Advent 4, Dec. 20, 2020

From our Gospel reading, these words of Mary: “Here am I, the servant of the Lord; let it be with
me according to your word.” Thus far our text.


Grace to you and peace from God our Father and our Lord and Savior, Jesus the Christ. Amen.

Here is our theme for today: I absolutely love this time of year! First, a question: Who feels this
way? Whose sentiment does this reflect? I would have to say the ladies whom I love most in
this world—from 4 to 50-something years old—would almost certainly say they absolutely love
this time of year. A lot of us would say this, right… even in spite of this COVID mess.

Second question: Who loves Christmas presents? Another rather silly question, I suppose. It
would seem everyone loves to receive gifts, and most people also love to give presents to their
loved ones. But who else would say “I absolutely love this time of year, and I love to give
presents!”? God. But this would have a different kind of meaning. The sending of God’s only
Son on a mission which would begin with a lowly birth to a poor young woman in the humblest
of settings and would end with an excruciating execution followed by a glorious resurrection
was an act of absolute love. This time of the year is about remembering, celebrating, and
responding to that absolute love of God.

So, we might say that God the Father gave the first and by far the most important and wonderful
Christmas present of all… the gift of grace in the Babe born in Bethlehem. And we can also
point to the truth that God continues to love giving presents. While our first thought might be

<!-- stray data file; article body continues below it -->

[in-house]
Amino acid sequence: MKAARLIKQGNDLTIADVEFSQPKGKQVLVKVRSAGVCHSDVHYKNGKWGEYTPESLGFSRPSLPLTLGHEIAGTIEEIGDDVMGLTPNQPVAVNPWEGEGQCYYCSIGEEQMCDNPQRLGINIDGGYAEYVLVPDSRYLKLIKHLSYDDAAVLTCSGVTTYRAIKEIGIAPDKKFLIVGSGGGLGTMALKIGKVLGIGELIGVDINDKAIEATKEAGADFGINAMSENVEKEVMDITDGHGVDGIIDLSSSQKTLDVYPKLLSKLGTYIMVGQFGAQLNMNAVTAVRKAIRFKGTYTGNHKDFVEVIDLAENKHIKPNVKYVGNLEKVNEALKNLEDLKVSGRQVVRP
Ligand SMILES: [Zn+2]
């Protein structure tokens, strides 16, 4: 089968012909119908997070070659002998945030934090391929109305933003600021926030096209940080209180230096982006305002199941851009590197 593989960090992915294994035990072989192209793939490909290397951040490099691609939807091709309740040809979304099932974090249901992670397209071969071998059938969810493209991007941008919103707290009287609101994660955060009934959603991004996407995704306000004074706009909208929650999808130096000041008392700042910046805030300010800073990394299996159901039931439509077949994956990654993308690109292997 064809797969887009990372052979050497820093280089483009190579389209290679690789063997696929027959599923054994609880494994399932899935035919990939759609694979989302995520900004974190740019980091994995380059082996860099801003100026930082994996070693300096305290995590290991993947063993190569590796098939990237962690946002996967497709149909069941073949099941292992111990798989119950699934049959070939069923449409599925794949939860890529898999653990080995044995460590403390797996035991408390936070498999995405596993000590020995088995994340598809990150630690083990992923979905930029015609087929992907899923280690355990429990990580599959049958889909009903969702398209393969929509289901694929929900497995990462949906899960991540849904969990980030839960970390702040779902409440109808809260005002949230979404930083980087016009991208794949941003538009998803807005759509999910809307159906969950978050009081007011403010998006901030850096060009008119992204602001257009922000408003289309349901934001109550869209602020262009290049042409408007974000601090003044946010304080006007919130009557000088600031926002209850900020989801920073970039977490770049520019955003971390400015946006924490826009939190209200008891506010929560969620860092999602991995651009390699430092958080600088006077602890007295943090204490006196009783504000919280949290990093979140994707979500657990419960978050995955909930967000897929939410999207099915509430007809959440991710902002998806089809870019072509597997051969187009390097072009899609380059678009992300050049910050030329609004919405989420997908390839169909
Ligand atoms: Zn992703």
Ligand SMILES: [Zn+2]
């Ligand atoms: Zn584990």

the many undeserved blessings we receive from our Abba, the greatest ongoing gift we receive
is the presence of Jesus, our “Immanuel… God with us.”

We do well to trust that our Father does indeed desire to bless us with Jesus’ presence, and to
seek to comprehend that reality in increasingly powerful ways. This is the work of another gift,
another presence, of God—His Holy Spirit. God the Holy Spirit will not do all the work needed
for us to grow in faith and discipleship for us. We must seek the Lord to increasingly experience
His transforming presence. But we cannot do this without the Holy Spirit, who inspires us to
seek our Abba and empowers us to live more and more fully in the way of our Brother, Jesus.

Let’s seek after God right here and right now, and start by pondering the meaning of the story
of the “Visitation of Mary.” There is much here for us to learn.

Contrary to what some have believed for a long time, there truly was nothing extraordinary about
Mary, no super status or superior qualities which made her the perfect choice. Yes, I know,
Christians have for a long time tried to make heroes of the characters of the Bible, like Mary.
But the truth is, there is only one Hero revealed in the Scriptures, and that is God. Every other
person who played a role in the story was just like you and me, some strengths and some
weaknesses, some talents and some deficiencies, some faith and some doubt.

It was not Mary’s qualities which moved God to choose her as the “favored one” who would
serve as the vessel through whom Jesus, God-in-the-flesh, entered this world. It was grace.
Always has been, and always will be. As the contemporary song goes, God uses broken things.
What is remarkable about Mary is how she ultimately responded to God’s extraordinary calling.